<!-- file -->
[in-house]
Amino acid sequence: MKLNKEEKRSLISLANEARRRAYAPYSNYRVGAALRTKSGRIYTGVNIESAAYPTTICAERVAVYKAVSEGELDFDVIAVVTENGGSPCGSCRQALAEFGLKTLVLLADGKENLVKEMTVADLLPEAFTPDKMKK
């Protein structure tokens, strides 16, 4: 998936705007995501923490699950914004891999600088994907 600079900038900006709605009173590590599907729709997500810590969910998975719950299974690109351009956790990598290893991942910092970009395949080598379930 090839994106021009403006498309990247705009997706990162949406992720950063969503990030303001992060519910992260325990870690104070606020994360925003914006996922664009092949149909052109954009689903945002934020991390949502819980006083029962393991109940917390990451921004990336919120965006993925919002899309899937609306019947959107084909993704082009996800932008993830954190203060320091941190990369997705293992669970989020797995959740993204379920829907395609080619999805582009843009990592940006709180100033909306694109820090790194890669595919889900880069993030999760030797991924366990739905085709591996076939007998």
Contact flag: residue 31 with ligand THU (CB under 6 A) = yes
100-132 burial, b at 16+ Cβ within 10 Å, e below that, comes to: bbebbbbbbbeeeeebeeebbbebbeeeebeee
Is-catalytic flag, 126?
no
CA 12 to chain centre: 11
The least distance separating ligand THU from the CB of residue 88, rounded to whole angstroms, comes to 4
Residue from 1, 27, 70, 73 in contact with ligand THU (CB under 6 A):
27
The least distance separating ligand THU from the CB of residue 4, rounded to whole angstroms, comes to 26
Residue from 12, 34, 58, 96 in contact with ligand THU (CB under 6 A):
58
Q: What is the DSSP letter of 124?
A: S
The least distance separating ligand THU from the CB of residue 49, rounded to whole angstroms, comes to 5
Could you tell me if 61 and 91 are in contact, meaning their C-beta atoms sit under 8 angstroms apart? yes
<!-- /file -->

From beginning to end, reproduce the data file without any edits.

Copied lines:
[in-house]
Amino acid sequence: MKLNKEEKRSLISLANEARRRAYAPYSNYRVGAALRTKSGRIYTGVNIESAAYPTTICAERVAVYKAVSEGELDFDVIAVVTENGGSPCGSCRQALAEFGLKTLVLLADGKENLVKEMTVADLLPEAFTPDKMKK
């Protein structure tokens, strides 16, 4: 998936705007995501923490699950914004891999600088994907 600079900038900006709605009173590590599907729709997500810590969910998975719950299974690109351009956790990598290893991942910092970009395949080598379930 090839994106021009403006498309990247705009997706990162949406992720950063969503990030303001992060519910992260325990870690104070606020994360925003914006996922664009092949149909052109954009689903945002934020991390949502819980006083029962393991109940917390990451921004990336919120965006993925919002899309899937609306019947959107084909993704082009996800932008993830954190203060320091941190990369997705293992669970989020797995959740993204379920829907395609080619999805582009843009990592940006709180100033909306694109820090790194890669595919889900880069993030999760030797991924366990739905085709591996076939007998």
Contact flag: residue 31 with ligand THU (CB under 6 A) = yes
100-132 burial, b at 16+ Cβ within 10 Å, e below that, comes to: bbebbbbbbbeeeeebeeebbbebbeeeebeee
Is-catalytic flag, 126?
no
CA 12 to chain centre: 11
The least distance separating ligand THU from the CB of residue 88, rounded to whole angstroms, comes to 4
Residue from 1, 27, 70, 73 in contact with ligand THU (CB under 6 A):
27
The least distance separating ligand THU from the CB of residue 4, rounded to whole angstroms, comes to 26
Residue from 12, 34, 58, 96 in contact with ligand THU (CB under 6 A):
58
Q: What is the DSSP letter of 124?
A: S
The least distance separating ligand THU from the CB of residue 49, rounded to whole angstroms, comes to 5
Could you tell me if 61 and 91 are in contact, meaning their C-beta atoms sit under 8 angstroms apart? yes